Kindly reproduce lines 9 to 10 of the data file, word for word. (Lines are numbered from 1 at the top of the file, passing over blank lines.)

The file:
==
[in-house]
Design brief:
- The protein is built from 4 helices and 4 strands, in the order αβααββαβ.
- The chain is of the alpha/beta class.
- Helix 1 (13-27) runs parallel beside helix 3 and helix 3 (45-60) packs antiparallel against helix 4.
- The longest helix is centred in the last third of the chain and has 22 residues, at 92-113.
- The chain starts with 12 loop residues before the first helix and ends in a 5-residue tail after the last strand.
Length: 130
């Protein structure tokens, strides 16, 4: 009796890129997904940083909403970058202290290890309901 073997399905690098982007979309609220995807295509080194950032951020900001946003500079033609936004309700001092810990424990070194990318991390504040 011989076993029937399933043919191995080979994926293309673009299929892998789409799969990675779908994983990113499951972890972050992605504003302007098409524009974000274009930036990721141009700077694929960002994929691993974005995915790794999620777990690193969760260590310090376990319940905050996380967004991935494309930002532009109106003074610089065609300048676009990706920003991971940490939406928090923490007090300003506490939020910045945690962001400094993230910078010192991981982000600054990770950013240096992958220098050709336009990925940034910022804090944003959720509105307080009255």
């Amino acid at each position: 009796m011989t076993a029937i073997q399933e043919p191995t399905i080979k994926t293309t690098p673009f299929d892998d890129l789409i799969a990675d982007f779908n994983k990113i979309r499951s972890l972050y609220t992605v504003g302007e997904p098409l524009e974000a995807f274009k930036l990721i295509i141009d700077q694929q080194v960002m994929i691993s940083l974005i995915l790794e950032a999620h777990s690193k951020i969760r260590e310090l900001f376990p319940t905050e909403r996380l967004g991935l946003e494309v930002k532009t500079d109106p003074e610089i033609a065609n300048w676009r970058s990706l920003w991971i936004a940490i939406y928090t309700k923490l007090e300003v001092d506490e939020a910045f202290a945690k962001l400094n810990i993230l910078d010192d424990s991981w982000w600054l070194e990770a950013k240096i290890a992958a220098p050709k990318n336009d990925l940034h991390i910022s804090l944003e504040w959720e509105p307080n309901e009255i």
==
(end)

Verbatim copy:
């Protein structure tokens, strides 16, 4: 009796890129997904940083909403970058202290290890309901 073997399905690098982007979309609220995807295509080194950032951020900001946003500079033609936004309700001092810990424990070194990318991390504040 011989076993029937399933043919191995080979994926293309673009299929892998789409799969990675779908994983990113499951972890972050992605504003302007098409524009974000274009930036990721141009700077694929960002994929691993974005995915790794999620777990690193969760260590310090376990319940905050996380967004991935494309930002532009109106003074610089065609300048676009990706920003991971940490939406928090923490007090300003506490939020910045945690962001400094993230910078010192991981982000600054990770950013240096992958220098050709336009990925940034910022804090944003959720509105307080009255």
């Amino acid at each position: 009796m011989t076993a029937i073997q399933e043919p191995t399905i080979k994926t293309t690098p673009f299929d892998d890129l789409i799969a990675d982007f779908n994983k990113i979309r499951s972890l972050y609220t992605v504003g302007e997904p098409l524009e974000a995807f274009k930036l990721i295509i141009d700077q694929q080194v960002m994929i691993s940083l974005i995915l790794e950032a999620h777990s690193k951020i969760r260590e310090l900001f376990p319940t905050e909403r996380l967004g991935l946003e494309v930002k532009t500079d109106p003074e610089i033609a065609n300048w676009r970058s990706l920003w991971i936004a940490i939406y928090t309700k923490l007090e300003v001092d506490e939020a910045f202290a945690k962001l400094n810990i993230l910078d010192d424990s991981w982000w600054l070194e990770a950013k240096i290890a992958a220098p050709k990318n336009d990925l940034h991390i910022s804090l944003e504040w959720e509105p307080n309901e009255i």